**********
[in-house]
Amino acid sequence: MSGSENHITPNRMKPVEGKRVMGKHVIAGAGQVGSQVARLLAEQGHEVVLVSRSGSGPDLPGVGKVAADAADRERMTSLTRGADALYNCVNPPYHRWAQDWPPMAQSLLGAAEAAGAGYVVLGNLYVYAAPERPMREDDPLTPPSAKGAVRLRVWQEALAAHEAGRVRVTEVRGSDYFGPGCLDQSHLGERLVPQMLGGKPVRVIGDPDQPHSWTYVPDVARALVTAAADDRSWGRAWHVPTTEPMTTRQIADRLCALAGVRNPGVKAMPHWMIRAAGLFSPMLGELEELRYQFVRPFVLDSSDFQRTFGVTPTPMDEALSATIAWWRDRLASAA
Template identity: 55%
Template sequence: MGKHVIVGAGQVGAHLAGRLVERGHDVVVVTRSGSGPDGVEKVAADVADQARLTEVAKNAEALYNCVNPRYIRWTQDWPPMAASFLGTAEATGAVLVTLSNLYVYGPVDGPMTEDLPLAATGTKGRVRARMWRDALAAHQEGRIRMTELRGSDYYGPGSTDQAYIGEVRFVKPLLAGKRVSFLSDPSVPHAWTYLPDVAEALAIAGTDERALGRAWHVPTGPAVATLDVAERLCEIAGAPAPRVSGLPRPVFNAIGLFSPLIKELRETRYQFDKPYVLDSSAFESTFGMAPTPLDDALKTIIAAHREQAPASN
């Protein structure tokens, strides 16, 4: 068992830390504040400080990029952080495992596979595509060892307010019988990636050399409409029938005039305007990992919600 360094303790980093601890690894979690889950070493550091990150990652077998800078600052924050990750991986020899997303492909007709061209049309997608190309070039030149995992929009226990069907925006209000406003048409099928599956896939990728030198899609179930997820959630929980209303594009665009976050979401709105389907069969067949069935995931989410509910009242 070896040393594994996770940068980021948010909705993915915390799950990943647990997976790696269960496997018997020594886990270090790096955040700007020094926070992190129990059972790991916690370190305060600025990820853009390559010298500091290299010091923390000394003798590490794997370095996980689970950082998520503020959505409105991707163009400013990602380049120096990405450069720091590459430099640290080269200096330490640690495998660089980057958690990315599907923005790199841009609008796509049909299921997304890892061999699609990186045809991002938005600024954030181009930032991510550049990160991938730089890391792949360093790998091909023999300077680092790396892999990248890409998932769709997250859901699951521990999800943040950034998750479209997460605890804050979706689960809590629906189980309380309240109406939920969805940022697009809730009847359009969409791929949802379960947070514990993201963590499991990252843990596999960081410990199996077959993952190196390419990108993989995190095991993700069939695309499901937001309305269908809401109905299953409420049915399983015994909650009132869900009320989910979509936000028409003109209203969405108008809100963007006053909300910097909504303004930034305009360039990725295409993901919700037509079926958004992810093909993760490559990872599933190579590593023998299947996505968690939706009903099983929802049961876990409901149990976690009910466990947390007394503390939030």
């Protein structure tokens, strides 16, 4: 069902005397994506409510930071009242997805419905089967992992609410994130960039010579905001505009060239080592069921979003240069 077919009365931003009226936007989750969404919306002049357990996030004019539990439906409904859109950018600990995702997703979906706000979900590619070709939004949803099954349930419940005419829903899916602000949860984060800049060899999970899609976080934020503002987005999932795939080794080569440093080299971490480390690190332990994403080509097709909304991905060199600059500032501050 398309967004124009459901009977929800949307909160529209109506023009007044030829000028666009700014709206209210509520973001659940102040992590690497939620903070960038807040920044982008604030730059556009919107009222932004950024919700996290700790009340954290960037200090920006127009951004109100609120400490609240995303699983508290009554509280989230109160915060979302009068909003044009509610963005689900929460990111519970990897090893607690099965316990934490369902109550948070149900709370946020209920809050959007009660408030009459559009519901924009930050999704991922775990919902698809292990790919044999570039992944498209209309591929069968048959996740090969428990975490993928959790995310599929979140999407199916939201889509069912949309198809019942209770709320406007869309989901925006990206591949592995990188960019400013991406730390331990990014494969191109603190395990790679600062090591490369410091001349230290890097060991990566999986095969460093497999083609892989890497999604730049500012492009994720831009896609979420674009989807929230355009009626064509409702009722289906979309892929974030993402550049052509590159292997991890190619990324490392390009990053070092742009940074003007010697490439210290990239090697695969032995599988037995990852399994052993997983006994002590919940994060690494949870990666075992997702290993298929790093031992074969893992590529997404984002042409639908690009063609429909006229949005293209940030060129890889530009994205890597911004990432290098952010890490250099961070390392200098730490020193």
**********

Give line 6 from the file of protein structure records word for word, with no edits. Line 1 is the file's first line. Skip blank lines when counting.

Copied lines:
């Protein structure tokens, strides 16, 4: 069902005397994506409510930071009242997805419905089967992992609410994130960039010579905001505009060239080592069921979003240069 077919009365931003009226936007989750969404919306002049357990996030004019539990439906409904859109950018600990995702997703979906706000979900590619070709939004949803099954349930419940005419829903899916602000949860984060800049060899999970899609976080934020503002987005999932795939080794080569440093080299971490480390690190332990994403080509097709909304991905060199600059500032501050 398309967004124009459901009977929800949307909160529209109506023009007044030829000028666009700014709206209210509520973001659940102040992590690497939620903070960038807040920044982008604030730059556009919107009222932004950024919700996290700790009340954290960037200090920006127009951004109100609120400490609240995303699983508290009554509280989230109160915060979302009068909003044009509610963005689900929460990111519970990897090893607690099965316990934490369902109550948070149900709370946020209920809050959007009660408030009459559009519901924009930050999704991922775990919902698809292990790919044999570039992944498209209309591929069968048959996740090969428990975490993928959790995310599929979140999407199916939201889509069912949309198809019942209770709320406007869309989901925006990206591949592995990188960019400013991406730390331990990014494969191109603190395990790679600062090591490369410091001349230290890097060991990566999986095969460093497999083609892989890497999604730049500012492009994720831009896609979420674009989807929230355009009626064509409702009722289906979309892929974030993402550049052509590159292997991890190619990324490392390009990053070092742009940074003007010697490439210290990239090697695969032995599988037995990852399994052993997983006994002590919940994060690494949870990666075992997702290993298929790093031992074969893992590529997404984002042409639908690009063609429909006229949005293209940030060129890889530009994205890597911004990432290098952010890490250099961070390392200098730490020193």